It’s the “taking to it” that’s the problem, and it’s where that swinging fist is hitting a lot of noses. High prices are keeping a good number of Canadians from either signing up for their first mobile phone, or from signing up for mobile tablet and laptop data plans on top of their smartphone subscriptions.
Plenty of studies have shown the big economic value of people using cellphones, and therefore the cost of this holding back. Back in 2007 – the last time there was a heated debate over prices – a study by Videotron found that Canada could have seen a five-per-cent increase (links to PDF) in gross domestic product, or $56 billion in economic activity, added between 2002 and 2006 had penetration growth been higher. Even under the most modest assessment, GDP would have grown by about $14 billion. That’s between $3.5 billion and $14 billion a year.
Those aren’t just numbers – they represent real new jobs, businesses, corporate cost savings, innovations, opportunities and productivity that didn’t happen. That’s forward growth that was lost, but at least the shareholders of wireless companies got their dividends. Ouch, those punches really hurt.
Corporations, whether they admit to it or not, don’t just have responsibilities to their shareholders, they’re also partners in a social contract with their respective governments and therefore the public. Companies making profits is good, but when they make big profits, it’s either because they’re throttling their competitors or it’s because someone else is hurting, which is a violation of that contract.
If the wireless market was indeed as competitive as the industry says it is, there would have to be some losers, other than poorly funded startups who didn’t have access to proper investment until it was too late. Industry profits, protected from foreign competition, were swimming along well before any of those startups came along. Every player was winning and none were losing. Clearly the loser was penetration and the economic value that goes with it.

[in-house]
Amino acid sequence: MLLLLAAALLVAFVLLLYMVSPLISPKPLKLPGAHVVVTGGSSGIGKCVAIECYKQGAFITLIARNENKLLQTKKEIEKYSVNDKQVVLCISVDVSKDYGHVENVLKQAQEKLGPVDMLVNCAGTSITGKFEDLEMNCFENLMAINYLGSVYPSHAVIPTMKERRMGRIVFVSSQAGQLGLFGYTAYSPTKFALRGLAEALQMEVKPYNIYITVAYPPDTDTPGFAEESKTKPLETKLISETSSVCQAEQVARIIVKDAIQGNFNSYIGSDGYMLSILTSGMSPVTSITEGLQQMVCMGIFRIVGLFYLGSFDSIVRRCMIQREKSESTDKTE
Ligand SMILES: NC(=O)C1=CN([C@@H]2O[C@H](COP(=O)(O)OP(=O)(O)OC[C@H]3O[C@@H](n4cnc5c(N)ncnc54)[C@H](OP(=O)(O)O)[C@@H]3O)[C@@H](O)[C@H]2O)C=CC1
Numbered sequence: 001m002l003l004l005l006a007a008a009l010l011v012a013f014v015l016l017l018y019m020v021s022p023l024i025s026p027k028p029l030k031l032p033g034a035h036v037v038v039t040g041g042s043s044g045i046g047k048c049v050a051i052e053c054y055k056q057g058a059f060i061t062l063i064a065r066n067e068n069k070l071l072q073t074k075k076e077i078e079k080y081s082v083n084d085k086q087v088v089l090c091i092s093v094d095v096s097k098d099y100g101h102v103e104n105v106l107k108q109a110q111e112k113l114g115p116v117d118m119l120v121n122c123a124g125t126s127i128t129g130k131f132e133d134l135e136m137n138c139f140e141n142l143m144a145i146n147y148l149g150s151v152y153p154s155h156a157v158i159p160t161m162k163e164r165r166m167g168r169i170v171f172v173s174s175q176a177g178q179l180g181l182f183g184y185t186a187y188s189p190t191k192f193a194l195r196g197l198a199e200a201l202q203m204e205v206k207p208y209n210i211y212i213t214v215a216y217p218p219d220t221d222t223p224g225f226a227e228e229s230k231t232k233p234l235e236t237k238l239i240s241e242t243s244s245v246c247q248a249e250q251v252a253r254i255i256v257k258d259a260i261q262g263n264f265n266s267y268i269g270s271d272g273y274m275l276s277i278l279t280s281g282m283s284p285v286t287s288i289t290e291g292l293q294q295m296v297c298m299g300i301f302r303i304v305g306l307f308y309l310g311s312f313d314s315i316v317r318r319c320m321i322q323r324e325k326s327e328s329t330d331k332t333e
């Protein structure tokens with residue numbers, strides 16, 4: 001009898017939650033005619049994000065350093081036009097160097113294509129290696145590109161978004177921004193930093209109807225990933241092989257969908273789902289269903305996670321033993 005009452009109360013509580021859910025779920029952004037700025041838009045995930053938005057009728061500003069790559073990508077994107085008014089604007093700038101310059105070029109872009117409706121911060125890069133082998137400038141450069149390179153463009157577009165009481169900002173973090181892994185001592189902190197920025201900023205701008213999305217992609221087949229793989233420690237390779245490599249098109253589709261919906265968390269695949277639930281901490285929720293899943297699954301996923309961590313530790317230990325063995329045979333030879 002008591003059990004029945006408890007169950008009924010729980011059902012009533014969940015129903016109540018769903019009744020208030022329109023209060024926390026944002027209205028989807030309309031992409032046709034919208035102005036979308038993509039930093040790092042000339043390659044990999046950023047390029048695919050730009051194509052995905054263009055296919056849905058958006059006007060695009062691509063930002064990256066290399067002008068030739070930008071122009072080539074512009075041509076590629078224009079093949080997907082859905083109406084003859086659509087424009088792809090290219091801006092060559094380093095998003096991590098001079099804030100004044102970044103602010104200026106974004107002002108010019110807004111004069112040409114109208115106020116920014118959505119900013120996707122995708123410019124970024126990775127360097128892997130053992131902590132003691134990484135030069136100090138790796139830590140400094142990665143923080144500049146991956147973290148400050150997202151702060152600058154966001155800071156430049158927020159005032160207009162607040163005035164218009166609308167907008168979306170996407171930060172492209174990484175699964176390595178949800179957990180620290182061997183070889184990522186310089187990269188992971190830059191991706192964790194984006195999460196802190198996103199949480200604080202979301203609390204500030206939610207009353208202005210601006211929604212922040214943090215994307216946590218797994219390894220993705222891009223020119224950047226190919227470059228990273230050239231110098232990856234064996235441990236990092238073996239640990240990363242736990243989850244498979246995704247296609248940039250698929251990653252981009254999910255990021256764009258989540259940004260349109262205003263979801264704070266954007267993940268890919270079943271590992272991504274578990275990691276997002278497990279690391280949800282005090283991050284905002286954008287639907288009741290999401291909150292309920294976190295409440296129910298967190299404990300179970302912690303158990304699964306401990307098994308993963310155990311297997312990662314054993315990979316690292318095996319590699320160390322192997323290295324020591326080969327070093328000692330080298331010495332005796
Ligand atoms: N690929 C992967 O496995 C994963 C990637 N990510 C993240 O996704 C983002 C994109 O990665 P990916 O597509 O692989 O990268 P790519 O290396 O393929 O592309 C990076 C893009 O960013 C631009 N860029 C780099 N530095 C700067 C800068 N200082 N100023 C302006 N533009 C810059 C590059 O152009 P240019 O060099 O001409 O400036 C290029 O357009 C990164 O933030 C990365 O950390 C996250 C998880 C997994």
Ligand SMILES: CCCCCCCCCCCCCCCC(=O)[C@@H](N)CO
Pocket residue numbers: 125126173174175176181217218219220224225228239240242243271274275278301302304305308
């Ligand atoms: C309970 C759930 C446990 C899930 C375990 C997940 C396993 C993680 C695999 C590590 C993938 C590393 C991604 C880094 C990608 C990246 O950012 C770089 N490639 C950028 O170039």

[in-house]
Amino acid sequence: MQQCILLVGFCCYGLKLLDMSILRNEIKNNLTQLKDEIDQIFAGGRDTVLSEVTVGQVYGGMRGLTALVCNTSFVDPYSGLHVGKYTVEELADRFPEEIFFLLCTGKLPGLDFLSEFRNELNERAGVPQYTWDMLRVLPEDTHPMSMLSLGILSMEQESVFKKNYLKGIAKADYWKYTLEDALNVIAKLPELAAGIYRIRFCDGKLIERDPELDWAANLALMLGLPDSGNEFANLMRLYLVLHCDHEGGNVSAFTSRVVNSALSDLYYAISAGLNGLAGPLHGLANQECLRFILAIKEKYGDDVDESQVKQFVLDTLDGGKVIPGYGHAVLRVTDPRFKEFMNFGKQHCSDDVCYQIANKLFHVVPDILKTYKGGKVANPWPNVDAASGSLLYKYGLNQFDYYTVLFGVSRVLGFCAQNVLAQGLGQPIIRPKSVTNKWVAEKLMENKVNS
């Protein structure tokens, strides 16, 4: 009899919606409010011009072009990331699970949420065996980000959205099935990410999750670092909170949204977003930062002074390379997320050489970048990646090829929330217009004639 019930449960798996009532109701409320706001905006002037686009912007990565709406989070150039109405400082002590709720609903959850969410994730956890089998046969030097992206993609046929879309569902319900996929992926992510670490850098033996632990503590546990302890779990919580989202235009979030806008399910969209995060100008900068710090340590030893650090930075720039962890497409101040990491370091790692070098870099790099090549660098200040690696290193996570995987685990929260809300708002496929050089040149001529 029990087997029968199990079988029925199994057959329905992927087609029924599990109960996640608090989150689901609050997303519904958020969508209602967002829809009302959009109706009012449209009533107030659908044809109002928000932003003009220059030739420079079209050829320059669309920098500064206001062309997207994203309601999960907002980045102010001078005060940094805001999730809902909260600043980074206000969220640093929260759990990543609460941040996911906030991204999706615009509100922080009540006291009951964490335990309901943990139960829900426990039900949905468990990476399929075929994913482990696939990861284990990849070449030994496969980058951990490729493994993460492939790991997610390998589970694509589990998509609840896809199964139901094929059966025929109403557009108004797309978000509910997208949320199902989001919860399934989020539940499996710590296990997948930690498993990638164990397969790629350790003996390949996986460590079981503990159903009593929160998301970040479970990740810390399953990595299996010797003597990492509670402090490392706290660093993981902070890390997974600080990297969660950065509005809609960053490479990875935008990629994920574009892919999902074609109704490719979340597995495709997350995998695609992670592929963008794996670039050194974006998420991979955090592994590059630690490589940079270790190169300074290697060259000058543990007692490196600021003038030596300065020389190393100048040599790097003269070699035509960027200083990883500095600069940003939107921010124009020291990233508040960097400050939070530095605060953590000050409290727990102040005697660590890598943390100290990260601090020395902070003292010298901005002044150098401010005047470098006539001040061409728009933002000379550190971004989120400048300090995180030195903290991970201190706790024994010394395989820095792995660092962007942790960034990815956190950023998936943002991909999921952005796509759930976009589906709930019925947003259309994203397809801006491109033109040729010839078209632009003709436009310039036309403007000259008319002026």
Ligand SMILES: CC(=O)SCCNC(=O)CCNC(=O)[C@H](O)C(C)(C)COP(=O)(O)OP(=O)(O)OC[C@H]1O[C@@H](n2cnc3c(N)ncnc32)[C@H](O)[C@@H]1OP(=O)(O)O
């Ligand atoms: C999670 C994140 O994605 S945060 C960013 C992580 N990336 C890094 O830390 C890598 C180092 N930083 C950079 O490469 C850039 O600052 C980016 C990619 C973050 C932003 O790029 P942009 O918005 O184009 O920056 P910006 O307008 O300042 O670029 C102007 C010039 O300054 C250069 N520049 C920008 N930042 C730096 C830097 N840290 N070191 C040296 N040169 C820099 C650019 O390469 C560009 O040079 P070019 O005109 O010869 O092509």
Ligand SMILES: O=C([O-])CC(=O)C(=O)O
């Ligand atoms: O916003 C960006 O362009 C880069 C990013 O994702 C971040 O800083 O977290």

When that happens, governments have a responsibility to their shareholders – the voters – to find out what’s going on, and if necessary, step in.
This happens all the time. When Google makes a lot of money, privacy and anti-trust regulators wade in to see if the public’s rights are being trampled on. When Apple makes a lot of money, federal prosecutors take it to court for price fixing. When telecom companies make a lot of money, they get split up or governments build their own networks.
There is a certain price relatively involved. Other countries have cheaper wireless rates than Canada, but they have higher food or gas prices, so it all evens out in the end, right? Perhaps, but it’s the responsibility of those governments to figure out what’s going wrong with their respective social contracts and the providers of those respective goods and services. Canada, meanwhile, must deal with its own issues.
In tackling the wireless industry, the Harper government – a staunch supporter of good corporatism if there is one to be found in Canadian politics – is actually doing exactly what it should be doing. There’s no doubt that wireless companies are giving back to the country in the form of jobs, taxes and investment, but there’s also a solid case that they’re taking a lot away.